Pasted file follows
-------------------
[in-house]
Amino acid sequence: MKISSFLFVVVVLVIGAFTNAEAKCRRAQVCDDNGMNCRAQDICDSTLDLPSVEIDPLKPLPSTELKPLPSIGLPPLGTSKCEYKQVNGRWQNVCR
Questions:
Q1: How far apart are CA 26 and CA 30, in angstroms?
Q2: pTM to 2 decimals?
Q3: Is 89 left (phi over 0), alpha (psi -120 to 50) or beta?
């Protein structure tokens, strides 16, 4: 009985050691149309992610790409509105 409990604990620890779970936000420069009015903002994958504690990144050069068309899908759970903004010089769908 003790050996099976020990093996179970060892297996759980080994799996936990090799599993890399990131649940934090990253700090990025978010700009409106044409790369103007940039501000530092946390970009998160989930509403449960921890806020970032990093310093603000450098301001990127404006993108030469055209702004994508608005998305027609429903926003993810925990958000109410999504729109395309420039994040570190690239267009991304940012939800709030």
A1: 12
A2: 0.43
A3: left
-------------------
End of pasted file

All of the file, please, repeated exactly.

[in-house]
Amino acid sequence: MKISSFLFVVVVLVIGAFTNAEAKCRRAQVCDDNGMNCRAQDICDSTLDLPSVEIDPLKPLPSTELKPLPSIGLPPLGTSKCEYKQVNGRWQNVCR
Questions:
Q1: How far apart are CA 26 and CA 30, in angstroms?
Q2: pTM to 2 decimals?
Q3: Is 89 left (phi over 0), alpha (psi -120 to 50) or beta?
């Protein structure tokens, strides 16, 4: 009985050691149309992610790409509105 409990604990620890779970936000420069009015903002994958504690990144050069068309899908759970903004010089769908 003790050996099976020990093996179970060892297996759980080994799996936990090799599993890399990131649940934090990253700090990025978010700009409106044409790369103007940039501000530092946390970009998160989930509403449960921890806020970032990093310093603000450098301001990127404006993108030469055209702004994508608005998305027609429903926003993810925990958000109410999504729109395309420039994040570190690239267009991304940012939800709030």
A1: 12
A2: 0.43
A3: left